Speaking this week at the World Islamic Economic Forum (WIEF) in London, UK, Dato’ Jespal Deol, CEO of Graphene Nanochem, which has manufacturing plants in Malaysia, described how a graphene hub could build on product success in the oil and gas industry and bring innovation to other tech sectors.
The company makes speciality chemicals and advanced nanomaterials from renewable sources including waste materials, which goes hand-in-hand with Malaysia’s focus on using agricultural biomass as a feedstock for high-value products (National Biomass Strategy 2020: New wealth creation for Malaysia’s biomass industry – PDF download).
Deol, a lawyer by training, has a methodical approach to building a business based on graphene. “You need to assure the financial community that this is a viable product,” he told the audience. “You need to demonstrate supply side capability and product know-how”.
Nanochem is Southeast Asia’s largest producer of graphene, and uses the material as an additive to prevent drilling fluid degradation at high-temperature. Back in the lab, the firm is also looking at graphene as a catalyst support, exploiting not just the material’s high-surface area, but also its electrical properties.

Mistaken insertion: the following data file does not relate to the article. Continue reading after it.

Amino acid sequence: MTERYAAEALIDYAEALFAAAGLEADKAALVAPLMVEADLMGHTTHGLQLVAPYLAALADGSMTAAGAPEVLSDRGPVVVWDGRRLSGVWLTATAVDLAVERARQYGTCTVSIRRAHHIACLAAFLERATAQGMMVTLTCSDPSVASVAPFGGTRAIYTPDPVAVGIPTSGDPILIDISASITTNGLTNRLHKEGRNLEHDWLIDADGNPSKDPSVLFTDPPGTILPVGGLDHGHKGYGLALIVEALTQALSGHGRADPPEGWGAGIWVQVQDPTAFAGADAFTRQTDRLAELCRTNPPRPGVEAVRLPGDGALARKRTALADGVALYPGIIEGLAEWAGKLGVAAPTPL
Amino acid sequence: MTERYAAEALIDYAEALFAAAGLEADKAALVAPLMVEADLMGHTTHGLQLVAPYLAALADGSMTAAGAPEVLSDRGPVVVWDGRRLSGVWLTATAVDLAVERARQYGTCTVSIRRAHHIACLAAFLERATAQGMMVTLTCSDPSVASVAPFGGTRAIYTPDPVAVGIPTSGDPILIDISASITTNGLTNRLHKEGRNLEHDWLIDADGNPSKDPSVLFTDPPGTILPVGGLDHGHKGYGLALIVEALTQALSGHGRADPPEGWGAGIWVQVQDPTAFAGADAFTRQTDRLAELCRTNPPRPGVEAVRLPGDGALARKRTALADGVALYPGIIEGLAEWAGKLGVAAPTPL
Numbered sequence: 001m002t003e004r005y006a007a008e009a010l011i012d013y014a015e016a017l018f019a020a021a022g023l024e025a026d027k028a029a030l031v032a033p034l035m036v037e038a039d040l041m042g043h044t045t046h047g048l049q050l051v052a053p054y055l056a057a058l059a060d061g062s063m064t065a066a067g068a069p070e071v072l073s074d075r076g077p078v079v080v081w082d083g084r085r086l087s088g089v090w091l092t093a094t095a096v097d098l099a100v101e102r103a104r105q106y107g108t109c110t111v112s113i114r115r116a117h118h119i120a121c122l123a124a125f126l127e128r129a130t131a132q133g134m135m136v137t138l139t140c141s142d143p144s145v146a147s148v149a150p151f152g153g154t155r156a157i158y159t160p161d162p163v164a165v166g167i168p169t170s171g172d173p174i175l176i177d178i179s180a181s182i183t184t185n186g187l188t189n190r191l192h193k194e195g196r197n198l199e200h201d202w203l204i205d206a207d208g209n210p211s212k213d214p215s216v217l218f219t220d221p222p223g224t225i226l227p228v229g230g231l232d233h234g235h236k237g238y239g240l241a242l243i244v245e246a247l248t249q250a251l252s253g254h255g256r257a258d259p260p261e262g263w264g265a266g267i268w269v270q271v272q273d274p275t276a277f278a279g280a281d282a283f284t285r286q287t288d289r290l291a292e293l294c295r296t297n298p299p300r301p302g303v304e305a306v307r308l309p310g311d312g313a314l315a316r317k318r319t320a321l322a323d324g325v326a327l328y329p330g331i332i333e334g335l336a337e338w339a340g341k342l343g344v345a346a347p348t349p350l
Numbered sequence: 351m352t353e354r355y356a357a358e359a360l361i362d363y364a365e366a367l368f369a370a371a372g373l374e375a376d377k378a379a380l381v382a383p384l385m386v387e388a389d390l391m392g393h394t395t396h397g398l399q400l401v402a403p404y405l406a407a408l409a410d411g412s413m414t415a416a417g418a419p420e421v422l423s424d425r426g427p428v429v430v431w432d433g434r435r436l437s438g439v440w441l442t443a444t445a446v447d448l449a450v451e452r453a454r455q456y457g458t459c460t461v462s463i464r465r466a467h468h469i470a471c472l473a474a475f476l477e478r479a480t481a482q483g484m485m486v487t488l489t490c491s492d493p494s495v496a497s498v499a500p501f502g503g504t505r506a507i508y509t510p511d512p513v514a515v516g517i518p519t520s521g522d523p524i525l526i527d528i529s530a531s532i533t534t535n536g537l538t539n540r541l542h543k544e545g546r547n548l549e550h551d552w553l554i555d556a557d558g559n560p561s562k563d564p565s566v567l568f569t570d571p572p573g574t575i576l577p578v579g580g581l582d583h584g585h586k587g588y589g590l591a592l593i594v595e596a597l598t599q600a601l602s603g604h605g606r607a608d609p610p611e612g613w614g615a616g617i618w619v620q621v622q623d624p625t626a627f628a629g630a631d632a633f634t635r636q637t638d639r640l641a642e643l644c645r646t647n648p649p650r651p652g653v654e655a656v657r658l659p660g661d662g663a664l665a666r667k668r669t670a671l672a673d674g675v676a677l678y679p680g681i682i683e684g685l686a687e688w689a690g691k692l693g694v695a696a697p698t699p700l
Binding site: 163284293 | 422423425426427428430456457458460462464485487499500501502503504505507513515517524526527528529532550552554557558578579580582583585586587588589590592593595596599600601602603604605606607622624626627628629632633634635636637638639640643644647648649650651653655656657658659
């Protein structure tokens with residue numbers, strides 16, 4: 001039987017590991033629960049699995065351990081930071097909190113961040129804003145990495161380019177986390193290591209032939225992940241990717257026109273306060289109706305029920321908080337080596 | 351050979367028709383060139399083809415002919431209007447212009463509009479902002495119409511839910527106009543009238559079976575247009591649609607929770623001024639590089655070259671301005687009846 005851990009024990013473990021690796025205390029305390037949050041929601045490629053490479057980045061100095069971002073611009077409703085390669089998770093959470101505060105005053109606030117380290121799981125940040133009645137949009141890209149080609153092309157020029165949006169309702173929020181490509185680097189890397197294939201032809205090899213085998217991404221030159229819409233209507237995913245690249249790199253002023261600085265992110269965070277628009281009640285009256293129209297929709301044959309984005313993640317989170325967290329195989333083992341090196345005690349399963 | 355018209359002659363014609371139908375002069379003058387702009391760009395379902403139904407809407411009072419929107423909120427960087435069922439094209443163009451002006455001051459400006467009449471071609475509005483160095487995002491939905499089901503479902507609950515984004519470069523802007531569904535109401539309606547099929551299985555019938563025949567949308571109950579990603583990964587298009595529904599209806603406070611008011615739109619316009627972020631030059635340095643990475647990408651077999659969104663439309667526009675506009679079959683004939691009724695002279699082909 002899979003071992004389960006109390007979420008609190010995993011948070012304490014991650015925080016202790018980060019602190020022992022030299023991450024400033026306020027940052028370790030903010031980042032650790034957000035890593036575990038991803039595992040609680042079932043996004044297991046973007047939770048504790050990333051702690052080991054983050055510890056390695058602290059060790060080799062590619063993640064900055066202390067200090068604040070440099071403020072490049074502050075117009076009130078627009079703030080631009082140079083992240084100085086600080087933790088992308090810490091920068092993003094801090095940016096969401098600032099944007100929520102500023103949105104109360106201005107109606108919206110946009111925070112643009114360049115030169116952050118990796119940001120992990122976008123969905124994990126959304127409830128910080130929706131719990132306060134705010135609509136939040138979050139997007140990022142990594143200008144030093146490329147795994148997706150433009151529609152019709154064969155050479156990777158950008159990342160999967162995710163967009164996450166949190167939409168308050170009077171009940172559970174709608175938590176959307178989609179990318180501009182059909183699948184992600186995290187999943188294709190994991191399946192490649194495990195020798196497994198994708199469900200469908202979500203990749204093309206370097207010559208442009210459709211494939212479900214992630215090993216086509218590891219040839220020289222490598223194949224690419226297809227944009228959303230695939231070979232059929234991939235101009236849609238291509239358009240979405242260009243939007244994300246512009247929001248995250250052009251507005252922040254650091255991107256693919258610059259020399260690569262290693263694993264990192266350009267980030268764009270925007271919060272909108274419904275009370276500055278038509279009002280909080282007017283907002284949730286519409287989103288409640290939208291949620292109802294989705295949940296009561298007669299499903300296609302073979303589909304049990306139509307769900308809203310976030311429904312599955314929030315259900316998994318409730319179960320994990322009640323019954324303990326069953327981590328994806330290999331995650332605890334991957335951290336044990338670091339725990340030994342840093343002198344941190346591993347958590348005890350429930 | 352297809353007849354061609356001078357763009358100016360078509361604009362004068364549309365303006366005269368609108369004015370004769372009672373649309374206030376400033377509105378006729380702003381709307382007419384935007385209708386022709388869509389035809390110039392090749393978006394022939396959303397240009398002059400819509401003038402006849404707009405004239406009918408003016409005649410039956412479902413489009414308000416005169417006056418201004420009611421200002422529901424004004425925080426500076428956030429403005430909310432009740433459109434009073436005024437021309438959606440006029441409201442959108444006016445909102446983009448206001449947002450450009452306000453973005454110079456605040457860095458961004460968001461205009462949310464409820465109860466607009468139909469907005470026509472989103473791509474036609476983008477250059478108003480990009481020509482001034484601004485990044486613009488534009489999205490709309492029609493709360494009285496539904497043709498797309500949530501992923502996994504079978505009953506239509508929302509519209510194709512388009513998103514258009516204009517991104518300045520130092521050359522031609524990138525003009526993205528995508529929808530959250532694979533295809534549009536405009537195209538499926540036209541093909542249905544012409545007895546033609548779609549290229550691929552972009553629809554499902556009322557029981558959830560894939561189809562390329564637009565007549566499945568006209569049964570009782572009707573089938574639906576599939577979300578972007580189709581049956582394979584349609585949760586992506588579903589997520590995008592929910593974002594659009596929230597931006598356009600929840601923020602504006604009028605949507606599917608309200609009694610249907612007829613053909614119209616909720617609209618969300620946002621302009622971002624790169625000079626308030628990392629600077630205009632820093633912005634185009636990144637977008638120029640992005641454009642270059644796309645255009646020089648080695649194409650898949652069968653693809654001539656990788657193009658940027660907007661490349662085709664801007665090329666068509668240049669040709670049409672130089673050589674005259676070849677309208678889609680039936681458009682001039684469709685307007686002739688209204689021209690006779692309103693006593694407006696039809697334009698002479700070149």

Deol points out that Nanochem is making graphene products and selling them to customers today, which gives it an advantage, because the firm doesn’t have to wait for applications to arrive.
But Nanochem can also use its production and characterization expertise to kick-start other sectors, and this is the idea behind the graphene hub – to provide graphene material for partners to investigate and explore.
At the moment, the hub is based at the company’s facilities, but thanks to backing from the Malaysian government it will expand to new premises with new equipment.
Developing a culture that promotes creative thinking and brings together talent from industry and academia is high on the government’s agenda.
“We need to encourage them to take risks and not punish them if they fail, if they fail for the right reasons,” Malaysia’s Prime Minister, Najib Razak, commented at the meeting.
To stimulate and develop such an eco-system, the government formed Agensi Inovasi Malaysia, which hopes to inspire and produce a new generation of entrepreneurs and ensure that ideas are taken through from creation to commercialization.
Speaking to TMR+ at the event, Mark Rozario, CEO of Agensi Inovasi Malaysia, explained that their strategy focuses not just on technology, but also on education to build a workforce with the know-how that’s required to translate discoveries from the lab to the market.
Launched in 2010, Agensi Inovasi Malaysia has 10 years to achieve its mission of “wealth creation through knowledge, technology and innovation,” which links into the government’s objective of making Malaysia a high-income nation by 2020.